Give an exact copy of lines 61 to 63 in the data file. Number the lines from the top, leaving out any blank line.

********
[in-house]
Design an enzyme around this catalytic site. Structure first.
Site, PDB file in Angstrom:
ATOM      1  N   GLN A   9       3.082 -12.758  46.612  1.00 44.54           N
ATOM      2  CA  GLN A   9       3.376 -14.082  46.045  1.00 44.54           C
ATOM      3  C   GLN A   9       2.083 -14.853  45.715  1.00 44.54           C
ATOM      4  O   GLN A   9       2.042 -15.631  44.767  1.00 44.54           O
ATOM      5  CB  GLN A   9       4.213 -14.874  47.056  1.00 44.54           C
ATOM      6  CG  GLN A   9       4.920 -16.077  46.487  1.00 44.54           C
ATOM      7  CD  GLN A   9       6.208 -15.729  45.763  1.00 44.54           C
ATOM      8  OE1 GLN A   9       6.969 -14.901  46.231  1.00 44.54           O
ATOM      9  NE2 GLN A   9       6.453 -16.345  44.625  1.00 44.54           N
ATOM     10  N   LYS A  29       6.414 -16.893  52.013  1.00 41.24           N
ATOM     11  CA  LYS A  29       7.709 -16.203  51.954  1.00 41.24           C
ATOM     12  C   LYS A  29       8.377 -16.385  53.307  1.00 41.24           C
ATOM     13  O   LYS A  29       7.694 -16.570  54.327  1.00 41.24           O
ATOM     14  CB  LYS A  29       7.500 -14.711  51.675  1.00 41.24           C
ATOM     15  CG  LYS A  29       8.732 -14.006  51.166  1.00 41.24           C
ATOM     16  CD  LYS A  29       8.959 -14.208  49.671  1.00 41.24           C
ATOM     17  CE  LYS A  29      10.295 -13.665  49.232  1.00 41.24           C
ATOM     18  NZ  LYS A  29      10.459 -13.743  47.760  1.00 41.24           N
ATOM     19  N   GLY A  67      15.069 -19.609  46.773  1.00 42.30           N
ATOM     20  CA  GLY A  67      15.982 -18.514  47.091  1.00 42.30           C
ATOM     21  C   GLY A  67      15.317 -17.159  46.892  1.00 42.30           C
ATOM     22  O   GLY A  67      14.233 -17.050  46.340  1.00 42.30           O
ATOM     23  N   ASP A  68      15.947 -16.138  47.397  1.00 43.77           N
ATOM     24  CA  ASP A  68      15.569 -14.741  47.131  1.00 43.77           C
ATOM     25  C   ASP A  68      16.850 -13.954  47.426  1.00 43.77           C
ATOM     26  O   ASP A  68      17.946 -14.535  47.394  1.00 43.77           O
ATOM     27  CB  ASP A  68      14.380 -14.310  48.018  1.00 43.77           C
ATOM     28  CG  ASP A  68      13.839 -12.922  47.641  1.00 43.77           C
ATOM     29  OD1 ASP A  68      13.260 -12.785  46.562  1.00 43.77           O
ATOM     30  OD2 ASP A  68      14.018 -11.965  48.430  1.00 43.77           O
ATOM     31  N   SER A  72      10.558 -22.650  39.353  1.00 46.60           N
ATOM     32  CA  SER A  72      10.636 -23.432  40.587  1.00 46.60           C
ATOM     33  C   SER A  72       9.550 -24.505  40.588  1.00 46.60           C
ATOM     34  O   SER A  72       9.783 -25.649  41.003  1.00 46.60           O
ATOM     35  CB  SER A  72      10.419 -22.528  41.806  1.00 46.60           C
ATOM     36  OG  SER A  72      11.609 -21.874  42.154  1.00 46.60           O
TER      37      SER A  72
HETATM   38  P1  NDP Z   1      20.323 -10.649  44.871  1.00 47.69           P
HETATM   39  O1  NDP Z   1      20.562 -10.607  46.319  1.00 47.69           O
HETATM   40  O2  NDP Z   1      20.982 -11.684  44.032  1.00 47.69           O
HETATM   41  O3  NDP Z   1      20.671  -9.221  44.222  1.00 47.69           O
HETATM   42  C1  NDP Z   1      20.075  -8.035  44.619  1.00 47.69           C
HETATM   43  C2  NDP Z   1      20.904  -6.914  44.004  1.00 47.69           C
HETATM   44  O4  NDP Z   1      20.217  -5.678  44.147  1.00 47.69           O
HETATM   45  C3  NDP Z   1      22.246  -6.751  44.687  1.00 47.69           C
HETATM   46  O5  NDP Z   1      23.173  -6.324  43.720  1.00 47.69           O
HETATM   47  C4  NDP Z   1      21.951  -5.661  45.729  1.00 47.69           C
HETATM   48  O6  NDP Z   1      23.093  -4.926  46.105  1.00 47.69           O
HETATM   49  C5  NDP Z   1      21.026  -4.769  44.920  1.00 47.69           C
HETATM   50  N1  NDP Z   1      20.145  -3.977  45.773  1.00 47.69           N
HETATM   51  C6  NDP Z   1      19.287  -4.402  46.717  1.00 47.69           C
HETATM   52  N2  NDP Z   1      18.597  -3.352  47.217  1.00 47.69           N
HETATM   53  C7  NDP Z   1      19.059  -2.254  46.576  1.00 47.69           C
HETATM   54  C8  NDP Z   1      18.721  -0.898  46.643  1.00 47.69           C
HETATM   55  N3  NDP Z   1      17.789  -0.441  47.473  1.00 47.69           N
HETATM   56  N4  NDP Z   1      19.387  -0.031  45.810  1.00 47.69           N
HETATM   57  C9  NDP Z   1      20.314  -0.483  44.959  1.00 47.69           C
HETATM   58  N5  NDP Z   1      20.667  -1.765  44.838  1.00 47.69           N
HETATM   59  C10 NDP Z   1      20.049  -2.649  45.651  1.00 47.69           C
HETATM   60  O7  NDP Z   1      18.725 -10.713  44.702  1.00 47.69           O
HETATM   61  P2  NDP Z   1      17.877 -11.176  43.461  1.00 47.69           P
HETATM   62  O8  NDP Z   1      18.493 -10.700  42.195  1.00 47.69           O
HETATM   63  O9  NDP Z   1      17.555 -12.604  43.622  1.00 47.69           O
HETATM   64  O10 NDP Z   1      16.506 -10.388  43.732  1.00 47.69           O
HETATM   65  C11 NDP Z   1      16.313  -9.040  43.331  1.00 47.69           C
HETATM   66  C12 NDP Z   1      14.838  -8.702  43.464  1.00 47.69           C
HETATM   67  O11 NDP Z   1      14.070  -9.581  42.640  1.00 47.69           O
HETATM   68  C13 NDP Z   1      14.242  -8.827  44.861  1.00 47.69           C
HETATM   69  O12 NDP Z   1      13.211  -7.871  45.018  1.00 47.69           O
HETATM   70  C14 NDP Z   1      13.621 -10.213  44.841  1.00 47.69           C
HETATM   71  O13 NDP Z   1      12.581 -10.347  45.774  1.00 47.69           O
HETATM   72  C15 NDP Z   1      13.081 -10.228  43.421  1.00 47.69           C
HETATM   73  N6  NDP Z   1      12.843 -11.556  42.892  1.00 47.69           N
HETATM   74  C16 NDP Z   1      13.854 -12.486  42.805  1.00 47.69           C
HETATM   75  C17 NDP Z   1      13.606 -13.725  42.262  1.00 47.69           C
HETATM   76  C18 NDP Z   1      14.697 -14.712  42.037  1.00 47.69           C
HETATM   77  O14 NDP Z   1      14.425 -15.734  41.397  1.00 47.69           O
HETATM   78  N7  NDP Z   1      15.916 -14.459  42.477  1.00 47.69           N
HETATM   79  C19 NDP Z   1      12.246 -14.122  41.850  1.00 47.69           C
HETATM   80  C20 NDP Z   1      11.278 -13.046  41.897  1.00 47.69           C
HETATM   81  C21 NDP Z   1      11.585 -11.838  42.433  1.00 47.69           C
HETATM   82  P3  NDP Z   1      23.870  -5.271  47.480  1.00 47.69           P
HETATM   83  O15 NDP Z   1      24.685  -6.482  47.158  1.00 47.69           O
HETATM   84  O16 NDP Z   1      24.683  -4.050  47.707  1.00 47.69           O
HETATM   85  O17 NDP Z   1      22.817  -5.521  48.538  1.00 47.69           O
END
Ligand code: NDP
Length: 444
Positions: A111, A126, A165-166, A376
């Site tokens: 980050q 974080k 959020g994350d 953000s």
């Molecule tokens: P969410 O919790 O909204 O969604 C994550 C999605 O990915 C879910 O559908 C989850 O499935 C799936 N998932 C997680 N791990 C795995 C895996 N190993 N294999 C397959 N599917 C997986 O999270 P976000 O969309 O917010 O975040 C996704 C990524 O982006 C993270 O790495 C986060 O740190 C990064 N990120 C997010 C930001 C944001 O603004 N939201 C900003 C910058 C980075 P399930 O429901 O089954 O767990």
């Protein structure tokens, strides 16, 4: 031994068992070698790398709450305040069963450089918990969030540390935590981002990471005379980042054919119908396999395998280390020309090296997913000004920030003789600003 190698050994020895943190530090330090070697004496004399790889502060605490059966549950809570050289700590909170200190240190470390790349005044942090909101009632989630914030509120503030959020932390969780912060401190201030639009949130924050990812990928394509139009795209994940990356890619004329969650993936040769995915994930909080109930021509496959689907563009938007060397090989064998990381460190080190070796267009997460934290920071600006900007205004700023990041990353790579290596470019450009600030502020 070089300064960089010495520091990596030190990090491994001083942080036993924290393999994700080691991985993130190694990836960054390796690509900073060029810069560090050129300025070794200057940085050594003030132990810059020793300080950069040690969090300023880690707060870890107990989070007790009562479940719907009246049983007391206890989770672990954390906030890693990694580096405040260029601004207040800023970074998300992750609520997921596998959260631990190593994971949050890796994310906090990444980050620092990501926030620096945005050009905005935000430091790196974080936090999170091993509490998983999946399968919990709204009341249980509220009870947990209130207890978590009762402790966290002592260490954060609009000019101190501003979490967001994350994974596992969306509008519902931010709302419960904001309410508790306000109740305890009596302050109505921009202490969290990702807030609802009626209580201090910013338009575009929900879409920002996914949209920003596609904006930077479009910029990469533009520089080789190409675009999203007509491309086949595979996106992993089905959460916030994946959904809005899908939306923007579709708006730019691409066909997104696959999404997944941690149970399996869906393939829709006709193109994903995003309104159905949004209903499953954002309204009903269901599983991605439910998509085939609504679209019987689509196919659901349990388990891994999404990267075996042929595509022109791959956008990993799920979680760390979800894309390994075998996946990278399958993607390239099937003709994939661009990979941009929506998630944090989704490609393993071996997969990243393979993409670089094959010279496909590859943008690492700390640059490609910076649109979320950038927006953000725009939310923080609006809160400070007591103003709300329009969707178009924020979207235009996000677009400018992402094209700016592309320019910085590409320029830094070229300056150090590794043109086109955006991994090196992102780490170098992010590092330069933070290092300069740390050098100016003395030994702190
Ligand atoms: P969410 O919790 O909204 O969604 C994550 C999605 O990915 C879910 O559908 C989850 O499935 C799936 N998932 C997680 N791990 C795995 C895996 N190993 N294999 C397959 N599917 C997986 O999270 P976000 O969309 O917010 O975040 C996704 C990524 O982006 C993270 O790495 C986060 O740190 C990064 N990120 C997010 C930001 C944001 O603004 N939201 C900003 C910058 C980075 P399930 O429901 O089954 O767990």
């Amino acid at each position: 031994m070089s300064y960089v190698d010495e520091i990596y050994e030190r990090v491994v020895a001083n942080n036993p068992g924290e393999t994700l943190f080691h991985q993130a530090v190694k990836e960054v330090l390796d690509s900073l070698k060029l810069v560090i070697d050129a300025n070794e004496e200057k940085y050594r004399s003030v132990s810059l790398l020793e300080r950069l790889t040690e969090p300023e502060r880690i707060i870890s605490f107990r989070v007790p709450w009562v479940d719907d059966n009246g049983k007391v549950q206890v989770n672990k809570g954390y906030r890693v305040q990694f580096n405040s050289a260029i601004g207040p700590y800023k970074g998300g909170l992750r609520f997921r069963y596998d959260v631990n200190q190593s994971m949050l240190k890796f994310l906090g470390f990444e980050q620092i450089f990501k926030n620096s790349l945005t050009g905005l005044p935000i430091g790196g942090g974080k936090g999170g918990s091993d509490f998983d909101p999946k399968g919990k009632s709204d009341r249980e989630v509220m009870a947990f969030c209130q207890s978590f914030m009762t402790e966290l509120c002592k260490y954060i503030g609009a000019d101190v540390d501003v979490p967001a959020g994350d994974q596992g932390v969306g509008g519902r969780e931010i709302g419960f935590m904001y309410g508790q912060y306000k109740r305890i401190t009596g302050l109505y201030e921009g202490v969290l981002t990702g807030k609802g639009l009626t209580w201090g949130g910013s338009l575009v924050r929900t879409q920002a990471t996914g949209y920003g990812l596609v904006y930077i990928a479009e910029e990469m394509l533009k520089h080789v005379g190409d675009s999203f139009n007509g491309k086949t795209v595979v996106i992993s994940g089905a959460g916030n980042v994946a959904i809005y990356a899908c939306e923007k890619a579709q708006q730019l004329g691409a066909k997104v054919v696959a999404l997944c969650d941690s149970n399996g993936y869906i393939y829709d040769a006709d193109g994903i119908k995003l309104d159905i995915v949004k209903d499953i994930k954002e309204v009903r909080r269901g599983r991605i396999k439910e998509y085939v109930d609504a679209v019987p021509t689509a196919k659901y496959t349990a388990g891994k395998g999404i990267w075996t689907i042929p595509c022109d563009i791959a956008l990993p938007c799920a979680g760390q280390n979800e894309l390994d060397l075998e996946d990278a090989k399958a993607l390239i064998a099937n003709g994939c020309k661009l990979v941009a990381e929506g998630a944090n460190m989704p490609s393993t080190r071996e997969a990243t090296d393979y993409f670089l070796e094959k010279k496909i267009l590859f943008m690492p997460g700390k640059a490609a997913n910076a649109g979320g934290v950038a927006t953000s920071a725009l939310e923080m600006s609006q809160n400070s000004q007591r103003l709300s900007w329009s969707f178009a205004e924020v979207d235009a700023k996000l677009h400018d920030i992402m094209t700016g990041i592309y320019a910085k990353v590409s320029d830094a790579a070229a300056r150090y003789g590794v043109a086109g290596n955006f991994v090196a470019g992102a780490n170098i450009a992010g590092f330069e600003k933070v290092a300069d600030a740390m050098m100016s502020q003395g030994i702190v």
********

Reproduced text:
HETATM   58  N5  NDP Z   1      20.667  -1.765  44.838  1.00 47.69           N
HETATM   59  C10 NDP Z   1      20.049  -2.649  45.651  1.00 47.69           C
HETATM   60  O7  NDP Z   1      18.725 -10.713  44.702  1.00 47.69           O